The op full form is Opus number. The opus number is a “work number” assigned to a musical composition, or a series of compositions, to denote the composer’s historical order of production.
Music publishers used to issue opus numbers to compositions or groups of compositions to show the chronological sequence of a composer’s works until the 1800s. So, imagine a perfect world in which you come upon Van de Garre’s work. There’s a carefully categorized catalog of the composer’s works, from op. 1 through op. 100, their final work. It’s a wonderful record of their evolving interests and styles; one may listen to the composer’s progress from start to finish.
But things aren’t that straightforward. Because opus numbers were frequently assigned by music publishers rather than the composers themselves, things get a little wild. Publishers would frequently publish a series of compositions under a single number during the classical era. Haydn’s Op. 1 has six different string quartets, for example. Additionally, if a composer sent a piece of music to two distinct publishers, it’s possible that it obtained two different opus numbers. Things get much more complicated when you consider that vocal music rarely receives an opus number because a title like “An die Musik” is easier to recall than Piano Trio No. 3 in F. Since opus numbers were mostly a fixture of the publishing sector, works written for the stage, such as operas, lacked the numbered insignia as well.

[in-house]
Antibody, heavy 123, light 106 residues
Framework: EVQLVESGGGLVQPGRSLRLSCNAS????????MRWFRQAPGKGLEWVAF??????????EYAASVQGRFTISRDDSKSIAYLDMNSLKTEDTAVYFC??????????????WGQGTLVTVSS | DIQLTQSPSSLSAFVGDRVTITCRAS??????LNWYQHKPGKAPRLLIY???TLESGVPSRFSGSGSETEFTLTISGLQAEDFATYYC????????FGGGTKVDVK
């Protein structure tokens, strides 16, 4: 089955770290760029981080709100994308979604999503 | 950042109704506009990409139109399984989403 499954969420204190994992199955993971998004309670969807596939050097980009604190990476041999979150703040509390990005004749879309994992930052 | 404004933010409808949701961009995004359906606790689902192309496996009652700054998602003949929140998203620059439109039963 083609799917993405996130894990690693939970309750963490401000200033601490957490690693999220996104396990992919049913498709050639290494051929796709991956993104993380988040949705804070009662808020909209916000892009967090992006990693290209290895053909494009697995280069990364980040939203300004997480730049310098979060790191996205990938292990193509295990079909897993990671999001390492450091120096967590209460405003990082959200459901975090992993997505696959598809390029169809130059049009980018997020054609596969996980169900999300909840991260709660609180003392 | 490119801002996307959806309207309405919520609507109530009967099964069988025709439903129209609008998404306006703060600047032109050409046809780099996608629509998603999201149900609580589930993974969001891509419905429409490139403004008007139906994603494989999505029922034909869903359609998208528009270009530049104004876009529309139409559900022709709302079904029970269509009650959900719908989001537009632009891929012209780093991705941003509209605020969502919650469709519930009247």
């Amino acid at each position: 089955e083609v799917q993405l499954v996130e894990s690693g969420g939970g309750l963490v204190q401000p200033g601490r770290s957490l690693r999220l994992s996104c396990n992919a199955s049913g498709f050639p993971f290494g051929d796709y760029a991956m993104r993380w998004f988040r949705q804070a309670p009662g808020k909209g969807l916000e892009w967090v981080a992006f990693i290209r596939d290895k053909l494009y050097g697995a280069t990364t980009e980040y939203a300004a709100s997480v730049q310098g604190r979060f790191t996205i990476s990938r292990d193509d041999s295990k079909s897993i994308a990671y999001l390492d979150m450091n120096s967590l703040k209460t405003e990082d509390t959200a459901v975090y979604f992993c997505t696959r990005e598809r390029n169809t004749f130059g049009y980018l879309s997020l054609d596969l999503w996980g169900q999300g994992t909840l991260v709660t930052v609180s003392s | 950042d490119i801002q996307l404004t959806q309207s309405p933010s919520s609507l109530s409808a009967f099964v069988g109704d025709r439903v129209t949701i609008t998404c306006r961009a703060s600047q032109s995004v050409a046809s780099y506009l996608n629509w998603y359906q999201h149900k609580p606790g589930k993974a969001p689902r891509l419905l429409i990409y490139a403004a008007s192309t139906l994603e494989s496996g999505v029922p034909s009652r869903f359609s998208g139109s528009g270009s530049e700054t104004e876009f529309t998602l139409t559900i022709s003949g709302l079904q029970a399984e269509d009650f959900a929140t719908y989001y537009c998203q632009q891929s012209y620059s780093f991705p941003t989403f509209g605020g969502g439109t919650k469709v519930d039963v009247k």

Composers began assigning their own opus numbers before sending their works to publishers after Beethoven. However, it was still far from ideal.